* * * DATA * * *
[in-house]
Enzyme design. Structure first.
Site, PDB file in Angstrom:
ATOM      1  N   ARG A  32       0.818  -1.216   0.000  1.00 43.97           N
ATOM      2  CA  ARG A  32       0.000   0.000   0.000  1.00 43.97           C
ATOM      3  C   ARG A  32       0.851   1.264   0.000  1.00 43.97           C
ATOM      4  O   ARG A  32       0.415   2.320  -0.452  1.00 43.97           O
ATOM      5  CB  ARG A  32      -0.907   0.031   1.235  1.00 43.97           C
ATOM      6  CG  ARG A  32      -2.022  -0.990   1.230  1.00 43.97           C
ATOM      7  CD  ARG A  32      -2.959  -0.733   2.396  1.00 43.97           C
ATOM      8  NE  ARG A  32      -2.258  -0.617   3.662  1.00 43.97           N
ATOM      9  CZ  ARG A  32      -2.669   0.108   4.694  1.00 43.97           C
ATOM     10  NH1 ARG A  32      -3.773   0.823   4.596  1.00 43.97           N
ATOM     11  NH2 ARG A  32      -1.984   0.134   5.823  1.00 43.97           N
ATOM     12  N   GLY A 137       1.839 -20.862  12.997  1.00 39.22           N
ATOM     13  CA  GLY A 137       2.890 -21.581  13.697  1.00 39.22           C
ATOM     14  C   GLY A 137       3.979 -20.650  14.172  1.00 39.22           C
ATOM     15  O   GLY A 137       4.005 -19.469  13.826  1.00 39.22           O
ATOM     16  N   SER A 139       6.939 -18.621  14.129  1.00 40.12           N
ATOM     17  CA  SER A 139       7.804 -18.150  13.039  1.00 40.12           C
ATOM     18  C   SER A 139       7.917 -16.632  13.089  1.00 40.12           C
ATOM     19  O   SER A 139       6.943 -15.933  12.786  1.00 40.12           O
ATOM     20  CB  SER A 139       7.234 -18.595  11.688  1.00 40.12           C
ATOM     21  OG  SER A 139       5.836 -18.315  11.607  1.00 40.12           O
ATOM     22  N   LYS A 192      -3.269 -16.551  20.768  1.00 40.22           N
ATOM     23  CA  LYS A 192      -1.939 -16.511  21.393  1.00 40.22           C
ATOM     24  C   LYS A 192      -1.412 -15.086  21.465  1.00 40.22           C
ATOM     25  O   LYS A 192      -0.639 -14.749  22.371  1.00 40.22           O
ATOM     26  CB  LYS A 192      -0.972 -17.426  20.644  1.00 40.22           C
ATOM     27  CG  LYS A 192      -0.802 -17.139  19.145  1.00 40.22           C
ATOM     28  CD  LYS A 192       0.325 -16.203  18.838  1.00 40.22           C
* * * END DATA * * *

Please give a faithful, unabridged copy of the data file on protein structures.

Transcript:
[in-house]
Enzyme design. Structure first.
Site, PDB file in Angstrom:
ATOM      1  N   ARG A  32       0.818  -1.216   0.000  1.00 43.97           N
ATOM      2  CA  ARG A  32       0.000   0.000   0.000  1.00 43.97           C
ATOM      3  C   ARG A  32       0.851   1.264   0.000  1.00 43.97           C
ATOM      4  O   ARG A  32       0.415   2.320  -0.452  1.00 43.97           O
ATOM      5  CB  ARG A  32      -0.907   0.031   1.235  1.00 43.97           C
ATOM      6  CG  ARG A  32      -2.022  -0.990   1.230  1.00 43.97           C
ATOM      7  CD  ARG A  32      -2.959  -0.733   2.396  1.00 43.97           C
ATOM      8  NE  ARG A  32      -2.258  -0.617   3.662  1.00 43.97           N
ATOM      9  CZ  ARG A  32      -2.669   0.108   4.694  1.00 43.97           C
ATOM     10  NH1 ARG A  32      -3.773   0.823   4.596  1.00 43.97           N
ATOM     11  NH2 ARG A  32      -1.984   0.134   5.823  1.00 43.97           N
ATOM     12  N   GLY A 137       1.839 -20.862  12.997  1.00 39.22           N
ATOM     13  CA  GLY A 137       2.890 -21.581  13.697  1.00 39.22           C
ATOM     14  C   GLY A 137       3.979 -20.650  14.172  1.00 39.22           C
ATOM     15  O   GLY A 137       4.005 -19.469  13.826  1.00 39.22           O
ATOM     16  N   SER A 139       6.939 -18.621  14.129  1.00 40.12           N
ATOM     17  CA  SER A 139       7.804 -18.150  13.039  1.00 40.12           C
ATOM     18  C   SER A 139       7.917 -16.632  13.089  1.00 40.12           C
ATOM     19  O   SER A 139       6.943 -15.933  12.786  1.00 40.12           O
ATOM     20  CB  SER A 139       7.234 -18.595  11.688  1.00 40.12           C
ATOM     21  OG  SER A 139       5.836 -18.315  11.607  1.00 40.12           O
ATOM     22  N   LYS A 192      -3.269 -16.551  20.768  1.00 40.22           N
ATOM     23  CA  LYS A 192      -1.939 -16.511  21.393  1.00 40.22           C
ATOM     24  C   LYS A 192      -1.412 -15.086  21.465  1.00 40.22           C
ATOM     25  O   LYS A 192      -0.639 -14.749  22.371  1.00 40.22           O
ATOM     26  CB  LYS A 192      -0.972 -17.426  20.644  1.00 40.22           C
ATOM     27  CG  LYS A 192      -0.802 -17.139  19.145  1.00 40.22           C
ATOM     28  CD  LYS A 192       0.325 -16.203  18.838  1.00 40.22           C